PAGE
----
Romeo Ferraris has unveiled his latest dramatic project which takes the Abarth 500 performance theme to its most extreme level yet, the 500 Monza boasts 260 bhp and was appropriately unveiled at the weekend's 60th Gran Premio d’Italia.

Leading Italian tuner and race team owner Romeo Ferraris has unveiled his latest dramatic project which takes the Abarth 500 performance enhancement theme to its most extreme level yet; the 500 Monza boasts 260 bhp and was appropriately unveiled over the weekend during the 60th Gran Premio d’Italia which took place at the Autodromo Nazionale Monza. This amazingly powerful car sees more synergies with the Monza circuit where Romeo Ferraris-tuned cars have scored many racing triumphs as it bears the famous red, white and blue colours of the evocative track which is the long time home of Italy's annual Formula 1 grand prix.

Romeo Ferraris was born in Milan 1937 and he cut his teeth as a tuner in the 1950s boosting the power output of the original Fiat 500. He started his long career off in the workshops of Angelo Dagrada in Milan, where he learned the basics of his "art". His exploits with the tiny Fiat cars earned victories  for Zanetti in two categories of the Turismo Championship in 1967, and his successes here, and his interest in the "sports prototype" cars, led to another Fiat-based project, developing a 1000cc engine with 136 bhp at 11,300 rpm that was derived from the Fiat 128 unit. Studying the experience of the English BRMs, he followed this up with the "2000 Prototipi", a 350 bhp V8 that was dubbed as the "Italian Cosworth" and went on to be used with distinction by Arturo Merzario in his racers, dubbed as the Lola-Ferraris. Thus the legend of Romeo Ferraris was born and it was also helped along by his tuning programmes for BMWs, including shoe-horning the 3.3 litre 6-cylinder CSL into the 2002 Ti. The tuning result was 400 bhp and Ferraris himself admitted himself that "these are cars for brave ones." After successes in the European Touring Car Championship at the start of the 1980s he turned his back on the track to spend a decade tuning powerboats, and the result was a string of winners and record breakers. In the early 1990s he returned to the tracks though, tuning cars for a range of modern and historic competitions, including tweaking the Ford Mustang.

This year Romeo Ferraris is as busy as ever, running a team of Abarth 500 Assetto Corse's in the new Trofeo Abarth 500 series, in the Italian GT Championship with a Ferrari F430 GTS and in the Italian Turismo Endurance Championship with an Alfa 147 Cup and Renault Clio Cup, while the pride of the race factory in Milan is the new Abarth 500 24 hr, a car created entirely from scratch and equipped with a turbo engine that pumps out more than 350 bhp.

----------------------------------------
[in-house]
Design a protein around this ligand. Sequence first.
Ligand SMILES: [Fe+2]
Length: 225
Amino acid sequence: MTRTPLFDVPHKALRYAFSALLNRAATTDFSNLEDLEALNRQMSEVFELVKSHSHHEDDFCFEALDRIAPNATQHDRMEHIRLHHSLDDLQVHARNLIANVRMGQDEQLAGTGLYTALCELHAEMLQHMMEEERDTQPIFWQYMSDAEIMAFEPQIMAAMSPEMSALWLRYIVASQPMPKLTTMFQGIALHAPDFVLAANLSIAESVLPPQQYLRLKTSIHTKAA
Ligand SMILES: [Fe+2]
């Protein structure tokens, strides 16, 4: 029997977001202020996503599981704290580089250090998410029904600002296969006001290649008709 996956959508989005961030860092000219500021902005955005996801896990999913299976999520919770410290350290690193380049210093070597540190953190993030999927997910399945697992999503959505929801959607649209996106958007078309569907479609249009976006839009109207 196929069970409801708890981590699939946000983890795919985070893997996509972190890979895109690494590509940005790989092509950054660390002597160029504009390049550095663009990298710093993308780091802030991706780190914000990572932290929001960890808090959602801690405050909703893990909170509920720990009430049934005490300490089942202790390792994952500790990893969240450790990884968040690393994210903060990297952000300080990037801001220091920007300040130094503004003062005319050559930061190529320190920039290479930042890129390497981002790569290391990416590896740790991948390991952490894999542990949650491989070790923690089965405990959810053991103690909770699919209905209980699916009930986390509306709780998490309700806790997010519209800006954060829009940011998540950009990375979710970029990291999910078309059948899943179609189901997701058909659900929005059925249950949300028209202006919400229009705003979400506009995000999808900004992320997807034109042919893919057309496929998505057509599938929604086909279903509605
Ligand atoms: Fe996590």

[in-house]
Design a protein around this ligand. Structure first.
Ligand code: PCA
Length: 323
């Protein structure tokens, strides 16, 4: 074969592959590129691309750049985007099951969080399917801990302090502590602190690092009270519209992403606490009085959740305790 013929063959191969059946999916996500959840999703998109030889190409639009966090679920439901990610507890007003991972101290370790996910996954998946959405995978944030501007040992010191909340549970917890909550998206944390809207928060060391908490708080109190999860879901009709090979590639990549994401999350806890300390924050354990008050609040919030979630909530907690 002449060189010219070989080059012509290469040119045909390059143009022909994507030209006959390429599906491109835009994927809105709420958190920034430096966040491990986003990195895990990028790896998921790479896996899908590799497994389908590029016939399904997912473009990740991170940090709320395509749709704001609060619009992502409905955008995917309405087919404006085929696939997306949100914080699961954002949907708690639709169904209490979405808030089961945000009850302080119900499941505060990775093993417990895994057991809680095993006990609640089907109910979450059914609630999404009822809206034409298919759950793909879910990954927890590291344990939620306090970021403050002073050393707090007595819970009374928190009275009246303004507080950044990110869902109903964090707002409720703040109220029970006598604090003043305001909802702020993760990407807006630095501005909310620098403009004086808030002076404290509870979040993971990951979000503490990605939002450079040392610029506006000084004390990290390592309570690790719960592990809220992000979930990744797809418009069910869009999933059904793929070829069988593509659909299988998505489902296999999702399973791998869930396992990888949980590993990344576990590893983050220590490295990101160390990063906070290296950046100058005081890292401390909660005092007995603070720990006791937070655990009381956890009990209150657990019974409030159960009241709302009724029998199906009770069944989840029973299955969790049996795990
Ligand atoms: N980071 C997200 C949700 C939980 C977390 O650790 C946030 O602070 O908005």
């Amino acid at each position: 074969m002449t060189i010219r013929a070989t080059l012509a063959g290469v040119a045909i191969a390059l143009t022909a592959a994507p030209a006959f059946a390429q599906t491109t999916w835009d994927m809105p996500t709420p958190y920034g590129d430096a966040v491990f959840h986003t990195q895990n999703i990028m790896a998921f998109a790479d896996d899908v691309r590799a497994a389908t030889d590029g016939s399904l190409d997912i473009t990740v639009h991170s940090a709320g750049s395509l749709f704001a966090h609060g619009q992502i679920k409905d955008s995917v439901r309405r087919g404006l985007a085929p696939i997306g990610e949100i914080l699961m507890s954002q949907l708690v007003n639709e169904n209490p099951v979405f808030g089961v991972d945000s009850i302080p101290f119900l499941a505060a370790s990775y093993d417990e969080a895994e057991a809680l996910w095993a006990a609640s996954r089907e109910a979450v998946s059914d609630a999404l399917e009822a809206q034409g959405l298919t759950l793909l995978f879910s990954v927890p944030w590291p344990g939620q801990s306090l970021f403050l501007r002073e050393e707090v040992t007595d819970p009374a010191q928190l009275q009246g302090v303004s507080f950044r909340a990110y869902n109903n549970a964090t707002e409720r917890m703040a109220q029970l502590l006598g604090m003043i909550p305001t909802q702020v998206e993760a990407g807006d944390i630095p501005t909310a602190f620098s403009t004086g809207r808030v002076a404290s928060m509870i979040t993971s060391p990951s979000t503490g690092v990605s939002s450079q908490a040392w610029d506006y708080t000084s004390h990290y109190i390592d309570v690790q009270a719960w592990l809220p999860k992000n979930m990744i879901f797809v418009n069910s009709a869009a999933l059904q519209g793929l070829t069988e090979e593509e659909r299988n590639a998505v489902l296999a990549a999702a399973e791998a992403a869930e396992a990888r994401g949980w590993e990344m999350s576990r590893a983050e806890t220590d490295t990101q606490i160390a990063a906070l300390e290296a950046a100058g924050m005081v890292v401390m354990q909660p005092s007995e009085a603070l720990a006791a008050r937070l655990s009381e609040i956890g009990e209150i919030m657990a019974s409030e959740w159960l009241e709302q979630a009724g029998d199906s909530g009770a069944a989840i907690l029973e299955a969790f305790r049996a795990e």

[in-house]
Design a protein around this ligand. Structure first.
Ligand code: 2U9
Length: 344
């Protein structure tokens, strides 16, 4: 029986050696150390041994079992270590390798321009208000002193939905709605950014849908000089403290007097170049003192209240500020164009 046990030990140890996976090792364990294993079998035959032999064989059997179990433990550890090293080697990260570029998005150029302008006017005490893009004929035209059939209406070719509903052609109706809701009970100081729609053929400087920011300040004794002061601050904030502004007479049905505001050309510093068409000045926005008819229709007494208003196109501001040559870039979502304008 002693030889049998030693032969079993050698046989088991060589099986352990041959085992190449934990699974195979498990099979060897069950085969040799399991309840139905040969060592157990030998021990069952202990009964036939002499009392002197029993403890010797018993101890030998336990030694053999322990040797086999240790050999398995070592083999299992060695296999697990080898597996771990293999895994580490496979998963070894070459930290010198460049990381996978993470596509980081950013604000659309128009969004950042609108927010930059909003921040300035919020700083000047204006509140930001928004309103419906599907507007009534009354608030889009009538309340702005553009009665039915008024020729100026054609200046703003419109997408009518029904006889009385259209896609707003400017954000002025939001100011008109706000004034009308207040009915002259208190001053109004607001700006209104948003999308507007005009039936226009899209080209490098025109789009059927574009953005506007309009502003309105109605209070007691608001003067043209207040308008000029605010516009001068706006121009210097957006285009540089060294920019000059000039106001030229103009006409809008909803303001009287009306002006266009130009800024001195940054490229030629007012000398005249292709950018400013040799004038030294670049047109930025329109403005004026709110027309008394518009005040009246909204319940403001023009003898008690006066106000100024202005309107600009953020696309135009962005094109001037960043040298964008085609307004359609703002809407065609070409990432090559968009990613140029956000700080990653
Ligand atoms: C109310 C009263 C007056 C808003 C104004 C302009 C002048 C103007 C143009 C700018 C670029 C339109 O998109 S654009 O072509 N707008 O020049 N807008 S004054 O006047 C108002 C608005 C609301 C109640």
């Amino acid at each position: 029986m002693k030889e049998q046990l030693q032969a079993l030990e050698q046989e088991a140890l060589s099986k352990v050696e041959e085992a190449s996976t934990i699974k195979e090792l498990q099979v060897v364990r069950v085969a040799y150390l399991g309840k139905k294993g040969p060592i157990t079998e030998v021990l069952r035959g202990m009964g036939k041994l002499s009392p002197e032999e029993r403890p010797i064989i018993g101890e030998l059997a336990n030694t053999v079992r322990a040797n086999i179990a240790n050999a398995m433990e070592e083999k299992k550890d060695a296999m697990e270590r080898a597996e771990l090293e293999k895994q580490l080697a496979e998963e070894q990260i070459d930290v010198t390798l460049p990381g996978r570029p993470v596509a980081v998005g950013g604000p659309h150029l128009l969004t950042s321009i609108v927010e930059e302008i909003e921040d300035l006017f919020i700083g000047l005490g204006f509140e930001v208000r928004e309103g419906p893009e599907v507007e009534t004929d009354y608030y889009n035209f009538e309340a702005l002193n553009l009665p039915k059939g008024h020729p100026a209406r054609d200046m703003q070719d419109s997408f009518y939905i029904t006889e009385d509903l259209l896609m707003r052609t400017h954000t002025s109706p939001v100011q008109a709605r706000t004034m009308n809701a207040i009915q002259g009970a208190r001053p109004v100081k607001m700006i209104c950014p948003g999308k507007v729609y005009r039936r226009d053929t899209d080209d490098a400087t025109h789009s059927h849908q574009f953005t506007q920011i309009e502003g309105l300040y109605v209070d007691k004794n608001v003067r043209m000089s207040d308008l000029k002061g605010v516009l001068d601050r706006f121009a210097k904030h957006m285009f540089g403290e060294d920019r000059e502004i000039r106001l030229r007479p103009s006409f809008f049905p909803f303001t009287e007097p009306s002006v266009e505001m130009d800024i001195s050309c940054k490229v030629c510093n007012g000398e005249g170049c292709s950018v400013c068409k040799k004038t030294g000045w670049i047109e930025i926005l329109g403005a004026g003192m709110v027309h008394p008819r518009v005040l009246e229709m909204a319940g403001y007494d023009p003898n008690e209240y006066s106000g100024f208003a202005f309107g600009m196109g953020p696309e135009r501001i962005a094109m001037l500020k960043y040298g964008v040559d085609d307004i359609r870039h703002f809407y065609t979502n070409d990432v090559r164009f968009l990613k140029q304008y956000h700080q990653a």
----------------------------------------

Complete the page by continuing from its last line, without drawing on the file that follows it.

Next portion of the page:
The Milanese tuner has now put all his knowledge to work with the "500 Monza by Romeo Ferraris" which turns out 260 bhp from the Abarth 500's 1.4 litre turbo engine. The Abarth car comes with a standard 135 bhp from the showroom meaning that its horsepower has almost doubled. Finished in bianco ghiaccio (ice white) and with blue and red strips that dash up the bonnet, rear three-quarter panels and over the tailgate spoiler, the colours illustrate the car's Monza nametag, while the circuit's famous badge is embossed on a large decal splayed at an angle across the roof. There are discreet Monza logos on the B-pillar covers, that feature in the round turret-effect badge of the track which houses a small map of the track, as well as a new Naca duct on the bonnet to increase air intake and a new prominent horizontal lip spoiler at the front. To cope with the huge increase in power the 500 Monza by Romeo Ferraris has a new differential fitted, bigger Brembo brake calipers and perforated discs, new alloy wheels (with Romeo Ferraris hub caps) and is also clearly identifiable by the big twin round exhaust tail pipes that emerge from the centre of the rear bumper section.

Just ten examples will be built, with a price tag of around 60,000 euros, although this hasn't been fixed yet. Each one will come with a numbered brass plaque on the dashboard with the new owner's name etched into it above the car's individual number. The "ice white" theme of the exterior is replicated inside with a white dashboard, leather steering wheel, centre console and a gleaming pelle bianco leather and Alcantara interior. The sea of white continues through to the side panels and roof lining while the seats (the front ones are now 'bucket' style racing seats) also replicate the exterior red/blue strip effect which is complimented by a smaller red dash on the top-centre steering wheel. In contrast the top of the dashboard and the instrument covers are covered in black Alcantara. The Monza badges also feature on the front seat headrest sections and on the lower part of the steering wheel. Completing the effect is a set of exclusive carbon fibre luggage bags made out of white leather and carbon-fibre.

© 2009 Interfuture Media/Italiaspeed